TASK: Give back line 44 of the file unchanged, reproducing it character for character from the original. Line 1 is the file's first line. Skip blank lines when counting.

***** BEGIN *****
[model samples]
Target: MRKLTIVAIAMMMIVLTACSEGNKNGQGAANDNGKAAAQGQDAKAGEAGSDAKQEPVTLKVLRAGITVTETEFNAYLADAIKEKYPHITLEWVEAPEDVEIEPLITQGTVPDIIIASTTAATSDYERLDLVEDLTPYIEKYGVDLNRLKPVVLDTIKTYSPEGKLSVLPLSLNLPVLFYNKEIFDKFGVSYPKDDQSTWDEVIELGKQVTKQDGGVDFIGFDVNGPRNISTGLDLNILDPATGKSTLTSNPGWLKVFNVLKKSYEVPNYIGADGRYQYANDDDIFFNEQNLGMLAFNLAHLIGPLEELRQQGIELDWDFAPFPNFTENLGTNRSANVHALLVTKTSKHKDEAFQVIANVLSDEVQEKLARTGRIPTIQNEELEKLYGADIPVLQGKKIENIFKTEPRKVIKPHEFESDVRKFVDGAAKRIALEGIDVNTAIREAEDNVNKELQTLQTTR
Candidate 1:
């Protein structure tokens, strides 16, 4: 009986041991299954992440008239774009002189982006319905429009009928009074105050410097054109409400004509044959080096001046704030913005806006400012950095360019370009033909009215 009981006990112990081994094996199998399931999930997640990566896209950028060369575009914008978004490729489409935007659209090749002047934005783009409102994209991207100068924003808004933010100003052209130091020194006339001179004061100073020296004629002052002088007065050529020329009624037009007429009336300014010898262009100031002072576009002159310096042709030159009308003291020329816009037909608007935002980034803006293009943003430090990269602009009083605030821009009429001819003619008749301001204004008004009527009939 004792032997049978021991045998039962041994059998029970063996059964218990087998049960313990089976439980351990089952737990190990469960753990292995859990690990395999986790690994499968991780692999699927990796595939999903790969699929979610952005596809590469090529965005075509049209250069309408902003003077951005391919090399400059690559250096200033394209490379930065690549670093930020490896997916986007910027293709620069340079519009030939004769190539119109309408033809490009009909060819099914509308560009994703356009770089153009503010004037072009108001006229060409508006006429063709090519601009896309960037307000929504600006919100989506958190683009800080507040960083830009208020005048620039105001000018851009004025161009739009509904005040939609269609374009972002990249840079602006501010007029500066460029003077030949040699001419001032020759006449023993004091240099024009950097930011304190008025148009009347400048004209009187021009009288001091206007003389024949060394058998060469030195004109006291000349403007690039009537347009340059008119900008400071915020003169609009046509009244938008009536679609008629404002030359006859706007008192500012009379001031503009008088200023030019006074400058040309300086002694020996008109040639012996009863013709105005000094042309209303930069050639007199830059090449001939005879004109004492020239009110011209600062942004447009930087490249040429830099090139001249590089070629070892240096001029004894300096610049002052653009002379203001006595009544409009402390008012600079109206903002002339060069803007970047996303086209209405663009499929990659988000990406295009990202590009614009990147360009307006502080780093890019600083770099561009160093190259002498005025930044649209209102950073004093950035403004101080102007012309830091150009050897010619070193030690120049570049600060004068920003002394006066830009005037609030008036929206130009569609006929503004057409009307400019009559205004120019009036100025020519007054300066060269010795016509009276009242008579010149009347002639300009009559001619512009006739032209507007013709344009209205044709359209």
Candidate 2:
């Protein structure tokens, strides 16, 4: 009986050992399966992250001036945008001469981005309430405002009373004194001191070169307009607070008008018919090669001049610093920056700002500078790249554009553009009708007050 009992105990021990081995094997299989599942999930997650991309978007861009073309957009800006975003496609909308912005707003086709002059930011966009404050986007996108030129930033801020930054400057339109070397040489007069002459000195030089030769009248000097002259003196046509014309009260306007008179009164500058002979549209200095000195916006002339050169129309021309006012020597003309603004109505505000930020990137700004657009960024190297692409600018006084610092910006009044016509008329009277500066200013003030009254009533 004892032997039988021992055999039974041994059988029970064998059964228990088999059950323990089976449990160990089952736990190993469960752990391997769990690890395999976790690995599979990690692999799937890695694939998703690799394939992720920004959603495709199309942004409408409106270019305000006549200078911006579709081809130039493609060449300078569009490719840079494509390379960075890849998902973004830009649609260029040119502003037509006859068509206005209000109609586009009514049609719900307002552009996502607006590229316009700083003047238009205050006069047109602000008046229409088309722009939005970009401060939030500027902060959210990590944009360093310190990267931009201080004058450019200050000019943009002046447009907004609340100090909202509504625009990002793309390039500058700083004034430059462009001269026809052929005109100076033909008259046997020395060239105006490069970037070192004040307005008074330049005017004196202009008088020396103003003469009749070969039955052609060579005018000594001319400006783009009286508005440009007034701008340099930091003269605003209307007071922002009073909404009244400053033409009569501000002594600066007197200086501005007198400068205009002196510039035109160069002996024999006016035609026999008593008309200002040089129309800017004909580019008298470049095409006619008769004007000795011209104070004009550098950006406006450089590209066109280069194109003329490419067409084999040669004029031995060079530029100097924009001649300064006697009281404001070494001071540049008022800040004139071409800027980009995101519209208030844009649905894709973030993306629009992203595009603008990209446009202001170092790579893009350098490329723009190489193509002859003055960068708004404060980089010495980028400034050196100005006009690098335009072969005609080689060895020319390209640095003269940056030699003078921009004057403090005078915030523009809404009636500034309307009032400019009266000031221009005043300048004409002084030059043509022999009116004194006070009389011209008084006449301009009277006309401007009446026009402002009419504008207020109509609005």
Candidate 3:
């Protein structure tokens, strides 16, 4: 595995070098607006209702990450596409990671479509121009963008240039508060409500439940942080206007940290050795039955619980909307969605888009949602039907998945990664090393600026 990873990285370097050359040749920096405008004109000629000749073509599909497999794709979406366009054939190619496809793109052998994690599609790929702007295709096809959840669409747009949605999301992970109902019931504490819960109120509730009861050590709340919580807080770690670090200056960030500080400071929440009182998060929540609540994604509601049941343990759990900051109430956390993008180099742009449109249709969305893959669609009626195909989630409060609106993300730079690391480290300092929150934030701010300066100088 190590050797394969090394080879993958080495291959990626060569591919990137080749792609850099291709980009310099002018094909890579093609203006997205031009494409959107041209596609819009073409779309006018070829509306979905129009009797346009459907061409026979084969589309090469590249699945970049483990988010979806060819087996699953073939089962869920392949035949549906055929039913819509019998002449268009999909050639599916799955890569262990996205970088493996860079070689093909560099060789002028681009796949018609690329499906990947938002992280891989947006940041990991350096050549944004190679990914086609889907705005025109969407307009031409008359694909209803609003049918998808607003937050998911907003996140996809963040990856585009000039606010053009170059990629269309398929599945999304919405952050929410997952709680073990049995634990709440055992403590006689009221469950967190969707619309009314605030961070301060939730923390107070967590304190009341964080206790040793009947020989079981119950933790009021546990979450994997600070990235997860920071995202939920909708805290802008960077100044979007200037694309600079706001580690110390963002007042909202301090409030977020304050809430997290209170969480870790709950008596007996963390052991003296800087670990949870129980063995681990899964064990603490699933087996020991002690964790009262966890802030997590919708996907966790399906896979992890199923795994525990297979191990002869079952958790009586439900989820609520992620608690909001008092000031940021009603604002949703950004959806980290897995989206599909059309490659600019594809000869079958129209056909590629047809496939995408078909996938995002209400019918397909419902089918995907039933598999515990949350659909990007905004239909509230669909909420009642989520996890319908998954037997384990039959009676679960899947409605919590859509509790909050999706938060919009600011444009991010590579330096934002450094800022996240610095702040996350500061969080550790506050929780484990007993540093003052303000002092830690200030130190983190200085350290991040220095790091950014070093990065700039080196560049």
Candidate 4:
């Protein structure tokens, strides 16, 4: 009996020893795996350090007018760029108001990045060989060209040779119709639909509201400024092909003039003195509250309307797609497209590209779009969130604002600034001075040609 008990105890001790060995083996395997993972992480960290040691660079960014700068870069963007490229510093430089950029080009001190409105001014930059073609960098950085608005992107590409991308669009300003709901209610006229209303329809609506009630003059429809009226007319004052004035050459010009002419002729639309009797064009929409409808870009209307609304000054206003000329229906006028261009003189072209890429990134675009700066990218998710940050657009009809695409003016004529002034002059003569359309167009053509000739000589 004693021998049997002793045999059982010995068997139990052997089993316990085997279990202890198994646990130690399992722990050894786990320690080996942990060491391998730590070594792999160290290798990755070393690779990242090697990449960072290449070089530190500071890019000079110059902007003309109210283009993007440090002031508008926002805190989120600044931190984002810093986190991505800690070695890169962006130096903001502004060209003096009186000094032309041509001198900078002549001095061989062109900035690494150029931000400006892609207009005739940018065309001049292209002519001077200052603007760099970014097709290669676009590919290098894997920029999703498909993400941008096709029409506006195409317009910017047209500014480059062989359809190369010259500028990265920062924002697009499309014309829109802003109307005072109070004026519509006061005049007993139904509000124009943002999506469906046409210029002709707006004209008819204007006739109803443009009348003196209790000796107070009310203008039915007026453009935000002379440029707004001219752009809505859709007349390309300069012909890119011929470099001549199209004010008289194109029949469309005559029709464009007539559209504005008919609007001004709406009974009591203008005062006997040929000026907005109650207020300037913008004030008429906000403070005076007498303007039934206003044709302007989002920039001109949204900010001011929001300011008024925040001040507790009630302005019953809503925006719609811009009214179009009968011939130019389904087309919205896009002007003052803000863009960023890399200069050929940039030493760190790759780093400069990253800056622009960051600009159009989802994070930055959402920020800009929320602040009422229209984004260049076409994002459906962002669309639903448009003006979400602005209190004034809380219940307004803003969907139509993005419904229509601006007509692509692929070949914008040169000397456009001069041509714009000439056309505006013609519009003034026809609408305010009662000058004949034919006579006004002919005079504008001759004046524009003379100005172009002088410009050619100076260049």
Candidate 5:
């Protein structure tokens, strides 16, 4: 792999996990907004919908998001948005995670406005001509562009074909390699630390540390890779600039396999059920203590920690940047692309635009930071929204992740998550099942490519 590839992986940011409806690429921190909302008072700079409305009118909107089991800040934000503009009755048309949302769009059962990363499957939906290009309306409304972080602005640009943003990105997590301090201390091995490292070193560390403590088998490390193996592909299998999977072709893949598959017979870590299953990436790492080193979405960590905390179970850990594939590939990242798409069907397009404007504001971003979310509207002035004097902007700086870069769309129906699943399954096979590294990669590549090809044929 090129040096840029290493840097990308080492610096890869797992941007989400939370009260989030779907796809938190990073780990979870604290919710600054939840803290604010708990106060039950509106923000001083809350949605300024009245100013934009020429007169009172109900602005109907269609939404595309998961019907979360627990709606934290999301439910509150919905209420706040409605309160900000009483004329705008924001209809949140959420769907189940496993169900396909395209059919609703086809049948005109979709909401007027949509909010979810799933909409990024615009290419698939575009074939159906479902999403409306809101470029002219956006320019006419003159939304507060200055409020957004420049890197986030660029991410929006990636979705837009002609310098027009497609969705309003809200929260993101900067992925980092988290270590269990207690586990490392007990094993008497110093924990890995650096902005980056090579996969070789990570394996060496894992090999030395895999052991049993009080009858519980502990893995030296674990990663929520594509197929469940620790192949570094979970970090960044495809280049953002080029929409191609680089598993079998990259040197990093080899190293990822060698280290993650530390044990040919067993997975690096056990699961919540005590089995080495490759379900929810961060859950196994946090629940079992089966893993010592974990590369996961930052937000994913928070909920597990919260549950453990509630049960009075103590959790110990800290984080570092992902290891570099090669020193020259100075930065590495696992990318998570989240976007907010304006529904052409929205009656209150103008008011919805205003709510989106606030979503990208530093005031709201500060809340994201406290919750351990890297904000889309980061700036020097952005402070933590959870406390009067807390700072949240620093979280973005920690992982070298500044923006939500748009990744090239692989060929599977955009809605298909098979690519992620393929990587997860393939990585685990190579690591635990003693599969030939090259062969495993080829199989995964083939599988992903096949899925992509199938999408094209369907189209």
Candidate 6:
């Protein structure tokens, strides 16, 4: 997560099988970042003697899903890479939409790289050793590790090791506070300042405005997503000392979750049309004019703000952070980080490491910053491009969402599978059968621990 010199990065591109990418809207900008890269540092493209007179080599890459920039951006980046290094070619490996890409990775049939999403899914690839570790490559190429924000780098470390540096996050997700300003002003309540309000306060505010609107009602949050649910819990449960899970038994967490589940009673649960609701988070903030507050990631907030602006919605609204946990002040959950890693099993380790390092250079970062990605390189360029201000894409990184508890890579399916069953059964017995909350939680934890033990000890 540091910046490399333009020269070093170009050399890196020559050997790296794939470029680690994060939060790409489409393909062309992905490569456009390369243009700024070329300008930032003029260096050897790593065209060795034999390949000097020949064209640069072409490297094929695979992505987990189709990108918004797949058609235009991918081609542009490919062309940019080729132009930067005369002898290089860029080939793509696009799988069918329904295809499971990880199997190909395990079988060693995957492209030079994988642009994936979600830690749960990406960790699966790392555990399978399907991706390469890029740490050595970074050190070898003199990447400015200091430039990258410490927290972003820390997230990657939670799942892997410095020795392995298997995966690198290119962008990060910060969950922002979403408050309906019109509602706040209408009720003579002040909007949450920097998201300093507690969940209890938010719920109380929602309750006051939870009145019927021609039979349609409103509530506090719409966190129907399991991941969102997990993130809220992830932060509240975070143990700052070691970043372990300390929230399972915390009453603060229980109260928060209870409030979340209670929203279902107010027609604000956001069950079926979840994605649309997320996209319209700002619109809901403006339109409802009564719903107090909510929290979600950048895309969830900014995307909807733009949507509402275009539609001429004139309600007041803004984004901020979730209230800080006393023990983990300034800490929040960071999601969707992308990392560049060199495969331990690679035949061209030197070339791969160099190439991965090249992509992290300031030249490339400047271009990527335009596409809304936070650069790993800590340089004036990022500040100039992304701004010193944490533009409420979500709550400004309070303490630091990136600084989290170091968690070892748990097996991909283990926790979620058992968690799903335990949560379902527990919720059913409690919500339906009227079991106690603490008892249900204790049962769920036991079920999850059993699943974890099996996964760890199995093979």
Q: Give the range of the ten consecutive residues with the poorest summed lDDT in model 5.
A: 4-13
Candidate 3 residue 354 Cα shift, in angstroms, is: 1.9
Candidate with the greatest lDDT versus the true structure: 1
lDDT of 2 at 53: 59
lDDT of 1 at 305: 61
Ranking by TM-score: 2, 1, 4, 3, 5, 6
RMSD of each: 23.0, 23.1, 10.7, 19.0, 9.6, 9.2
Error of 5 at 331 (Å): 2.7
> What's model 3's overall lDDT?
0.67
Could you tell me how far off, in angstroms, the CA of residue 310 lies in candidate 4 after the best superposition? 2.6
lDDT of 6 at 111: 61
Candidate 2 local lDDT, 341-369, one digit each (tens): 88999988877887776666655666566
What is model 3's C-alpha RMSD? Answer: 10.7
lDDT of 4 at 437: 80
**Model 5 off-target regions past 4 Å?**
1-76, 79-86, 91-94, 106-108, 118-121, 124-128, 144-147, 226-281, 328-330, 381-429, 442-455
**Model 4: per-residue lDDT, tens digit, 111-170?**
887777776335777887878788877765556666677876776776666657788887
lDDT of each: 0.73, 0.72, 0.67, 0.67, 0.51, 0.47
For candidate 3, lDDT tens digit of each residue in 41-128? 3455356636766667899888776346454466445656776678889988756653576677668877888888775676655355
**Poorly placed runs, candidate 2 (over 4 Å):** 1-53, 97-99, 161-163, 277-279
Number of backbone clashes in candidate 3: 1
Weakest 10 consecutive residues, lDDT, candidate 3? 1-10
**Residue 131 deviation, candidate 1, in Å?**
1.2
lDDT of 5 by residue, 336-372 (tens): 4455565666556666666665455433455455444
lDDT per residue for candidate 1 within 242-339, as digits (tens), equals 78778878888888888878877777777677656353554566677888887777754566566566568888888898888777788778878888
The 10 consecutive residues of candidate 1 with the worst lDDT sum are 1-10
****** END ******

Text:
The 10 consecutive residues of candidate 1 with the worst lDDT sum are 1-10